ATOMIC BOMBINGS AT 75: Scholars Speak Out Against ‘Unnecessary’ Attacks


The bombing of Nagasaki as seen from the town of Koyagi, about 13 km south, taken 15 minutes after the bomb exploded. In the foreground, life seemingly went on unaffected. (Wikipedia)

Japan was ready to surrender, making the atomic bombings of Hiroshima on Aug. 6, 1945, and Nagasaki two days later, totally unnecessary and morally indefensible, say a panel of scholars in two video discussions.

By Consortium News

The debate over the atomic bombings—a controversy that forced the Smithsonian Institution to abandon its Enola Gay exhibit 25 years ago—continues unabated in America today as we approach the 75th anniversary of the incineration of Hiroshima and Nagasaki.

Four historians, each of whom has written extensively on the topic, discussed the documentary evidence and explored the current state of knowledge about the bombings in two sessions with TV, print, radio, and internet journalists from around the world.

Among other points, they argue that the bombings were unnecessary as Japan was ready to surrender as long as they could keep the emperor (which the U.S. eventually allowed them to do); that U.S. generals, including Dwight Eisenhower and Douglas MacArthur, were opposed to the bombings; and that a real aim of the attacks was to send a message to the Soviet Union and not to avert a U.S. invasion, which was still months away.

The historians taking part are:

Gar Alperovitz, formerly a Fellow of Kings College Cambridge, the Institute of Politics at Harvard, and Lionel Bauman Professor of Political Economy at the University of Maryland, is the author of Atomic Diplomacy: Hiroshima and Potsdam and The Decision to Use the Atomic Bomb. He is currently a Principal of The Democracy Collaborative, an independent research institution in Washington, D.C.

Martin Sherwin, University Professor of History, George Mason University, is author of A World DestroyedHiroshima and Its Legacies winner of the Society of Historians of American Foreign Relation’s Bernath Book Prize, co-author with Kai Bird of American Prometheus: The Triumph and Tragedy of J. Robert Oppenheimer winner of the 2006 Pulitzer Prize for biography, and Gambling with Armageddon: Nuclear Roulette from Hiroshima to the Cuban Missile Crisis, forthcoming in September 2020.

Kai Bird, Executive Director, CUNY Graduate Center’s Leon Levy Center for Biography, co-author (with Martin Sherwin) of Pulitzer Prize-winning American Prometheus: The Triumph and Tragedy of J. Robert Oppenheimer, co-editor (with Lawrence Lifschultz) Hiroshima’s Shadow, and author The Chairman: John J. McCloy and the Making of the American Establishment.

Peter Kuznick, Professor of History, Director, Nuclear Studies Institute, American University, co-author (with Akira Kimura), Rethinking the Atomic Bombings of Hiroshima and Nagasaki: Japanese and American Perspectives, co-author (with Oliver Stone) of The New York Times best-selling The Untold History of the United States (books and documentary film series), and author “The Decision to Risk the Future: Harry Truman, the Atomic Bomb and the Apocalyptic Narrative.”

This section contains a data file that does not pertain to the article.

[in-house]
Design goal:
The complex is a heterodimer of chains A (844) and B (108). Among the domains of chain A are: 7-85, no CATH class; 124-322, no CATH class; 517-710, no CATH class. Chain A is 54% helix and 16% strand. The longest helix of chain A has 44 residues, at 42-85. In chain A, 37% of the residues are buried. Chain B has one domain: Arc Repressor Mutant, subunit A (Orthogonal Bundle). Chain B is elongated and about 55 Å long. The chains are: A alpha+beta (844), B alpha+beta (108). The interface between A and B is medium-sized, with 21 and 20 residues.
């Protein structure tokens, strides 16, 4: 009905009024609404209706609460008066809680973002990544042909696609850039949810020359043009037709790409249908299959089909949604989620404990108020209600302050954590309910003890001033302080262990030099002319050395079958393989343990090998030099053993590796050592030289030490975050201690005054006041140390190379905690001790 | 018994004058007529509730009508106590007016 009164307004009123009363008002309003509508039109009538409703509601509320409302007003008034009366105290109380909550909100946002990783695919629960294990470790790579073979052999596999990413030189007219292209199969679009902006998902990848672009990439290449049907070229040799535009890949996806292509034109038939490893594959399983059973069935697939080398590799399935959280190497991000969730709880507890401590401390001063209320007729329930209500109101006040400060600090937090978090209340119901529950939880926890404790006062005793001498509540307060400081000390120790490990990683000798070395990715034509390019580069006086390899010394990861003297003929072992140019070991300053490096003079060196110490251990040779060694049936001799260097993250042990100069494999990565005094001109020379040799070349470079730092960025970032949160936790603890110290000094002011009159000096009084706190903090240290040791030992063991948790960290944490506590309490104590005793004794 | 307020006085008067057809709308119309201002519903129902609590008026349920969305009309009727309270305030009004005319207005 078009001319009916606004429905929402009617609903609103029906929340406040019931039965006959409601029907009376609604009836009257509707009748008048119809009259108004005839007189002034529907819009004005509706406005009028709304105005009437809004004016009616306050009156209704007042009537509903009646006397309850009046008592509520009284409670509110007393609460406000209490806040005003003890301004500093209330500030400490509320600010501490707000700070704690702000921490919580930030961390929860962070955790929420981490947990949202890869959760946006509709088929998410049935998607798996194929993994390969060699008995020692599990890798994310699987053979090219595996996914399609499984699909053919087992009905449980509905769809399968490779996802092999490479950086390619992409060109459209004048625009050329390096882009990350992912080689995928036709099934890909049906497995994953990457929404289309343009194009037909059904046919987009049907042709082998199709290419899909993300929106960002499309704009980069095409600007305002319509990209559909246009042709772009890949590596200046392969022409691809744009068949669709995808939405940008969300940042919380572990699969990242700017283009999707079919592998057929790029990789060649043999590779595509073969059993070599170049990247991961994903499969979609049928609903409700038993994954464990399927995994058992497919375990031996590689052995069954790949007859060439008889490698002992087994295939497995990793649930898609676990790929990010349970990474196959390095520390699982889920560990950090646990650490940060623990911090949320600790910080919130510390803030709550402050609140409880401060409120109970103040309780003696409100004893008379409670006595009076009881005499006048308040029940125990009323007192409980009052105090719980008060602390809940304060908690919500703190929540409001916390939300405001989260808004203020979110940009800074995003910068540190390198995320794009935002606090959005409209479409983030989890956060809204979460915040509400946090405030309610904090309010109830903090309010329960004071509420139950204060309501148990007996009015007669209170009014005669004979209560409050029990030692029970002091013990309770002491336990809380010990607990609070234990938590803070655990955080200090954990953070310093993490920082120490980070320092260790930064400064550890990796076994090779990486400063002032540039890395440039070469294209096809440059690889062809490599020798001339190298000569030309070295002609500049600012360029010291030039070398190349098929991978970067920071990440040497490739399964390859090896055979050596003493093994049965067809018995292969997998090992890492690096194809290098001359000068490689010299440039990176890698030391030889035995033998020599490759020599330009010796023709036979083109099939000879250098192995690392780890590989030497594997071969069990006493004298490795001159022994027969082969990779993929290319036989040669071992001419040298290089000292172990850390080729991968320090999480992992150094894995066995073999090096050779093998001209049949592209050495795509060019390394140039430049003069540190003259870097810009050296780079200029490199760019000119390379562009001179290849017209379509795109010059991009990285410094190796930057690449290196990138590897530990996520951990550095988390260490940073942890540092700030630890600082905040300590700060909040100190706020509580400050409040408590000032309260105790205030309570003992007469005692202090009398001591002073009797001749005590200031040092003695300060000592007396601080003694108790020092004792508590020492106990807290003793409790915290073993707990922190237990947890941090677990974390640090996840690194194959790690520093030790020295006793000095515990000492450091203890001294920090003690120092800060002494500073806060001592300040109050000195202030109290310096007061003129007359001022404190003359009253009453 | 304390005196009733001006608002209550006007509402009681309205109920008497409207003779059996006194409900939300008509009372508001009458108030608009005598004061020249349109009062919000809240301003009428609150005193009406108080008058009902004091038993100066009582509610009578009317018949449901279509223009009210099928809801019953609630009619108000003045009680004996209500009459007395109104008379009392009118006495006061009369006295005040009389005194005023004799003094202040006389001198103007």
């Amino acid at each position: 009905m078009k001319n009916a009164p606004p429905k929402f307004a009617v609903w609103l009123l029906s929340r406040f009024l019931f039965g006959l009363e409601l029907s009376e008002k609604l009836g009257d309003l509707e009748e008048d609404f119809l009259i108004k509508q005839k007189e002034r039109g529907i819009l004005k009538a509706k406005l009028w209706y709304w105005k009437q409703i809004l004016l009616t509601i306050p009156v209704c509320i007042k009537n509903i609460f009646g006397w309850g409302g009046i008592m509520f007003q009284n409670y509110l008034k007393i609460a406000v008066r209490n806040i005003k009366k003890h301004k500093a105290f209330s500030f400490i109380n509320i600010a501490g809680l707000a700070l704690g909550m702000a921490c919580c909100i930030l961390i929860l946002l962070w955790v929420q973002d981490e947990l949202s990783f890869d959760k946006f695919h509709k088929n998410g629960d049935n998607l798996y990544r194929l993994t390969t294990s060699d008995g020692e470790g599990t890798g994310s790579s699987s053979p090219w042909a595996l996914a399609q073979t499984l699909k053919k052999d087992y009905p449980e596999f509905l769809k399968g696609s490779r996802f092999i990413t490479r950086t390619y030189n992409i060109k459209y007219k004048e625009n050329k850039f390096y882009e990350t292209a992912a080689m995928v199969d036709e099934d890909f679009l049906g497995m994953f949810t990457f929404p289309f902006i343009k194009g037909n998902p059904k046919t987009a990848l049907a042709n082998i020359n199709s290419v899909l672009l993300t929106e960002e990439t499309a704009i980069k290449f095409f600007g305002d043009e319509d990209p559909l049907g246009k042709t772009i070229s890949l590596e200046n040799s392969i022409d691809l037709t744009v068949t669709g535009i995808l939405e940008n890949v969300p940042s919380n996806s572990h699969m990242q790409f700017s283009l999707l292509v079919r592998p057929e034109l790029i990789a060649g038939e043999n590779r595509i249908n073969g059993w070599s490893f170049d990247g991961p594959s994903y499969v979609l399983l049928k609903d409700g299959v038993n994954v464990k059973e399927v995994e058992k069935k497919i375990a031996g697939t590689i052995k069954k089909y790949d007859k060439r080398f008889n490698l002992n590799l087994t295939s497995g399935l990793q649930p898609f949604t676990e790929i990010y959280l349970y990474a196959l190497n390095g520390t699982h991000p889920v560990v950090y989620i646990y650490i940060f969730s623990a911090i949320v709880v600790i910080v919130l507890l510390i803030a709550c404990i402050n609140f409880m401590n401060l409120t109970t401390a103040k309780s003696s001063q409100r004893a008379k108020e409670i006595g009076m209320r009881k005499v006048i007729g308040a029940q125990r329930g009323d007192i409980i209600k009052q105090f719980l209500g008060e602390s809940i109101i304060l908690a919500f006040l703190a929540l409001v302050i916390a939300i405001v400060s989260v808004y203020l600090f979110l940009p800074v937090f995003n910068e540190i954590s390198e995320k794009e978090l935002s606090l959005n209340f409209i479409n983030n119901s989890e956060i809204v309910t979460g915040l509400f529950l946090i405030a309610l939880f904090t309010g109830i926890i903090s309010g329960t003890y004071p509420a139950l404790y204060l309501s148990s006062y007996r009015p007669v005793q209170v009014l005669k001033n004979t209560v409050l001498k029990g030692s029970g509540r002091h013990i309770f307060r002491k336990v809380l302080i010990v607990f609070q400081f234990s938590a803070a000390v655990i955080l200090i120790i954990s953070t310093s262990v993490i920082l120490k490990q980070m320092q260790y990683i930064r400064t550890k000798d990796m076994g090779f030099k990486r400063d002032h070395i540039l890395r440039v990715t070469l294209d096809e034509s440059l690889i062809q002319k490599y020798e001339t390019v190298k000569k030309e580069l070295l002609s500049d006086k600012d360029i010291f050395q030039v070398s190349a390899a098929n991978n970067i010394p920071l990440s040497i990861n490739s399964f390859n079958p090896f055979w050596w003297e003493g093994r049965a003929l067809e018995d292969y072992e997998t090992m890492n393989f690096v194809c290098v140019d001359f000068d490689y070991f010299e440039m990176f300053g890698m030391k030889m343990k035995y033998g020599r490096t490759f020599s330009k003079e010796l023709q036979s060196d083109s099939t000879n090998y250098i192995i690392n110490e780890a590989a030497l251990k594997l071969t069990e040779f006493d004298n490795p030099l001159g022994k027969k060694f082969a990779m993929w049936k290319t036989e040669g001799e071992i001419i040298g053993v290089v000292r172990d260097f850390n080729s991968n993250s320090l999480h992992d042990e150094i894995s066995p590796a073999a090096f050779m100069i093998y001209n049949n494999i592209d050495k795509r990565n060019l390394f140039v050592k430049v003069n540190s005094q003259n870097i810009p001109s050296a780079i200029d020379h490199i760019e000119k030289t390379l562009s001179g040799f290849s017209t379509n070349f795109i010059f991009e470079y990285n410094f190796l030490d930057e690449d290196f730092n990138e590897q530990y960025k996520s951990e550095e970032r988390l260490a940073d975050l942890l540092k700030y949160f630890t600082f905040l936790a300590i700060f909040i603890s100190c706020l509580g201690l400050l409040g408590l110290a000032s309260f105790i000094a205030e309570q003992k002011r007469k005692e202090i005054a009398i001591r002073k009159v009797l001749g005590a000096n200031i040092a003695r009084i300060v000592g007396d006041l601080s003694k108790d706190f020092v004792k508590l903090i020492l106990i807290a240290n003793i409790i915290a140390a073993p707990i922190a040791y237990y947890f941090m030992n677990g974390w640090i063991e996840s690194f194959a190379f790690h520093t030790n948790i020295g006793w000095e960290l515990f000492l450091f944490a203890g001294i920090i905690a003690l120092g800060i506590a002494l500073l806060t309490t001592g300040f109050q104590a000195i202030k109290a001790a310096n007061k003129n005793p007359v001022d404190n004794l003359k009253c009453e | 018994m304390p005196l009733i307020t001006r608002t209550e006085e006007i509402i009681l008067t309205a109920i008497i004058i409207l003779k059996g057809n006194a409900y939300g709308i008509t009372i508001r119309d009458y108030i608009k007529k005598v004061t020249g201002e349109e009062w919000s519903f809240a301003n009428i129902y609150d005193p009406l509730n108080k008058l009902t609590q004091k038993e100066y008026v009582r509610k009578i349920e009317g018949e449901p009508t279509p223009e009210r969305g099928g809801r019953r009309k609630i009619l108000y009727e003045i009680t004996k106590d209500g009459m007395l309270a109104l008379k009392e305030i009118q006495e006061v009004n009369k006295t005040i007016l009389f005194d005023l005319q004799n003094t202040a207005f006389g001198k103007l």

Former news executive at NPR, NBC, and CBS and professor emeritus at the University of Missouri Barbara Cochran moderated both sessions. The questioning in the first press briefing began with Owen Ullmann, former world news editor at USA Today, and current executive editor of International Economy Magazine, followed by former Washington Post columnist and current John S. and James L. Knight Chair in Public Affairs Journalism at the University of Maryland Dana Priest, Walter Pincus, former reporter/columnist at The Washington Post and contributing senior national security columnist at the Cipher Brief, Pablo Pardo of El Mundo, and Yuliya Olhovskaya of Channel One Russia. The second briefing was kicked off by New York Times Tokyo station chief Motoko Rich, Masato Tainaka of Asahi Shimbun, and Miya Tanaka of Kyodo News.

The two press briefings, one for the Western press, and the other for journalists in Asia, can be seen here:

This entry was posted in culture, Empire, Geopolitics, History, imperialism, society, State Crime, war and tagged , , , , , , , , , , , , , , , . Bookmark the permalink.

3 Responses to ATOMIC BOMBINGS AT 75: Scholars Speak Out Against ‘Unnecessary’ Attacks

  1. And further, another central motive for why the U.S. capitalist class bombed Hiroshima and Nagasaki, besides ‘warning the Russians off’, was to ‘complete’ their atomic bomb’s developmental process – by using it and monitoring the results. This is why those two cities, neither of which had been firebombed, were chosen.

  2. My understanding is not that the Japanese were ‘ready’ to surrender but that they were actively trying to do so.

  3. Lara/Trace says:

    It is absolutely wrong to have these atomic weapons on this planet.

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